For the following two weeks, while I am in France, I am going to try a new pastry. Every. Single. Day.
In case you haven’t memorized your multiplication tables yet (don’t worry, I haven’t either), that’s fourteen pastries. Is that a lot? Honestly, I would be eating that many pastries—or more—anyway, so I might as well get something out of it besides an empty wallet and a gourmet French dessert baby kicking at my stomach.
So what is culturally significant about fourteen variations of dark, rich, chocolate, flaky dough, and vanilla beans? I plan on finding out, one bite at a time.
Read the entire series here.
Today, I was feeling hungry yet unadventurous, so I went with a classic favorite: the pain au chocolat, or, literally, chocolate bread. What could possibly ever be bad about that combination?
The pain au chocolat is a staple across France. Some of mes amis even get them every morning in a tightly sealed plastic package, fresh from the factory and sold at your local Monoprix. A derivation of the stereotypical croissant, the pain au chocolat is a flaky, cuboid shaped (truly, it is cuboid shaped) piece of dough, similar to puff pastry, with one or two sticks of dark chocolate baked in the center. Here’s a photo of one, for your viewing pleasure (again, like the millefeuille, I would’ve used a photo of mine but I ate it too quickly):
Though the croissant and the pain au chocolat seem as old as France itself, they are actually relatively modern baking innovations. The word “croissant” only made its way into the French dictionary in 1863.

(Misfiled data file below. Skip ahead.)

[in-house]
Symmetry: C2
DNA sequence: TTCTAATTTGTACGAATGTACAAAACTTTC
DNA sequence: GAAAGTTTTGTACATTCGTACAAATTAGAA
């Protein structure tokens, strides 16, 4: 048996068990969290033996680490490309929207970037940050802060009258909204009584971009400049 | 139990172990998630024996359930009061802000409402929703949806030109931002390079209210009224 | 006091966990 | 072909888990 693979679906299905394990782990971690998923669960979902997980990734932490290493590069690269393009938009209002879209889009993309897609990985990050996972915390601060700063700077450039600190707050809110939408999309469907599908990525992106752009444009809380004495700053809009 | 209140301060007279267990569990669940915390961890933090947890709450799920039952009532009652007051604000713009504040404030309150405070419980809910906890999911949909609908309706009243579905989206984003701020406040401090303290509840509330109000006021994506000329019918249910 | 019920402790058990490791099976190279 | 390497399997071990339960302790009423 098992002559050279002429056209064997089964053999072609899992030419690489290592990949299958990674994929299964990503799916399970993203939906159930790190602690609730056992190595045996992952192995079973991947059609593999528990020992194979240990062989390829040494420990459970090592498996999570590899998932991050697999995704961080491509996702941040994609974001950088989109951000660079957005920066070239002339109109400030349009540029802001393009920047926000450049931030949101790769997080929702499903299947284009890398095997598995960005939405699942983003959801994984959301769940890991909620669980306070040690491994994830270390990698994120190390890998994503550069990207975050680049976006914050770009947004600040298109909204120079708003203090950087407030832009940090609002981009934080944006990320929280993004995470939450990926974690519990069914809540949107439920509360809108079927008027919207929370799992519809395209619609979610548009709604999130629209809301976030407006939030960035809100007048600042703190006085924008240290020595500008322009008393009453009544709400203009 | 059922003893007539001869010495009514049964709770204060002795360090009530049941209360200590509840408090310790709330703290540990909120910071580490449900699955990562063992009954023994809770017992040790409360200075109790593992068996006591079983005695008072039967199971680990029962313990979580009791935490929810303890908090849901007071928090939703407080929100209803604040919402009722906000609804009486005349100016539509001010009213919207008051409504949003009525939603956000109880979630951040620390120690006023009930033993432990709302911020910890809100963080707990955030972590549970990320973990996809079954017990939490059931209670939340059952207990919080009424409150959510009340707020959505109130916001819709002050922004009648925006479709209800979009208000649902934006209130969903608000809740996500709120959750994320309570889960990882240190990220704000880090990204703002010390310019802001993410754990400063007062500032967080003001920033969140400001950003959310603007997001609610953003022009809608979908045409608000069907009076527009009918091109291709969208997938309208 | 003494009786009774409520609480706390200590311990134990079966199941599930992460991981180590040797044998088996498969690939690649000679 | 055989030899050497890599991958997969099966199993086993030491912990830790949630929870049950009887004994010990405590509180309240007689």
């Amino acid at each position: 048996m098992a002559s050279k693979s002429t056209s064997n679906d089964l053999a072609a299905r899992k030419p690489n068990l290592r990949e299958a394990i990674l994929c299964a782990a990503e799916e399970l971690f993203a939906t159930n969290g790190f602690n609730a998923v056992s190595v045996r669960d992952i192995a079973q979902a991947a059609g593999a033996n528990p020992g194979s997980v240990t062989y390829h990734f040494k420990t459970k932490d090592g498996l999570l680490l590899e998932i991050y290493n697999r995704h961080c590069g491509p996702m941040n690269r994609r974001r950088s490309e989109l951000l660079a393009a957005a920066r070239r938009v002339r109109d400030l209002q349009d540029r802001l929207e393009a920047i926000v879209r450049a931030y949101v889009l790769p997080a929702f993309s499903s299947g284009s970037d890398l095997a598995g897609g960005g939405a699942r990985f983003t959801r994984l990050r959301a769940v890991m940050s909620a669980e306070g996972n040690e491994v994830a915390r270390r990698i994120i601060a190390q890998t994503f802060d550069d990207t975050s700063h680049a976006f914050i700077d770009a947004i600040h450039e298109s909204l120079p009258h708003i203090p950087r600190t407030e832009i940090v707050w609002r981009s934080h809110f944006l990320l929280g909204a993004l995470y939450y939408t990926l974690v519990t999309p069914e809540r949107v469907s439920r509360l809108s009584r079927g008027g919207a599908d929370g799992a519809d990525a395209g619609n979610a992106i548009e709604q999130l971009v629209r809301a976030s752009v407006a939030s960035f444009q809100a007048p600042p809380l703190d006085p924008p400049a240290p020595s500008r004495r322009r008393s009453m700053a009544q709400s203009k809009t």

This type of pastry is called viennoiserie, and was introduced in the nineteenth century by August Zang, an Austrian officer, and Ernest Schwarzer, an Austrian aristocrat. Viennoiseries are baked goods made from yeast-leavened dough with added ingredients that separate them from puff pastry. The unlikely Austrian pair, even more unexpectedly, opened a Viennese bakery in Paris, which popularized croissants and pains aux chocolat.
But I refuse to accept those very normal beginnings as the origin story of what is quickly becoming my preferred snack. So I dug further.
And I found a couple of significantly more interesting stories, though I must admit they are basically myths at this point and their validity is widely disputed. Oh, whatever, they’re still fun!
The earliest mentions of croissants dates to 1683, when the Ottoman Turks were sieging Vienna. According to the tale, a baker working late at night heard the Turks secretly entering the city and immediately alerted the military. The military was therefore able to collapse the tunnel the Turks were entering the city through, effectively saving Vienna. The baker then invented a crescent-moon shaped pastry, which was the Turks’ Islamic emblem, so that when Austrians bit into the pastry they would symbolically be destroying the Turks. Not terribly believable, but I like to suspend my disbelief when it comes to desserts.
Another story cites Marie Antoinette, the Austrian Queen of France who famously never said, “Let them eat cake,” as the indirect creator of the croissant. The young Marie Antoinette was homesick for Austria, and therefore requested the royal bakers to replicate her favorite pastry from home. That favorite pastry is called the kripfel, and it is the same dessert that the Austrian pair spread from their Paris bakery.
So, no one really knows where the croissant or the pain au chocolat came from, but no one really cares, either.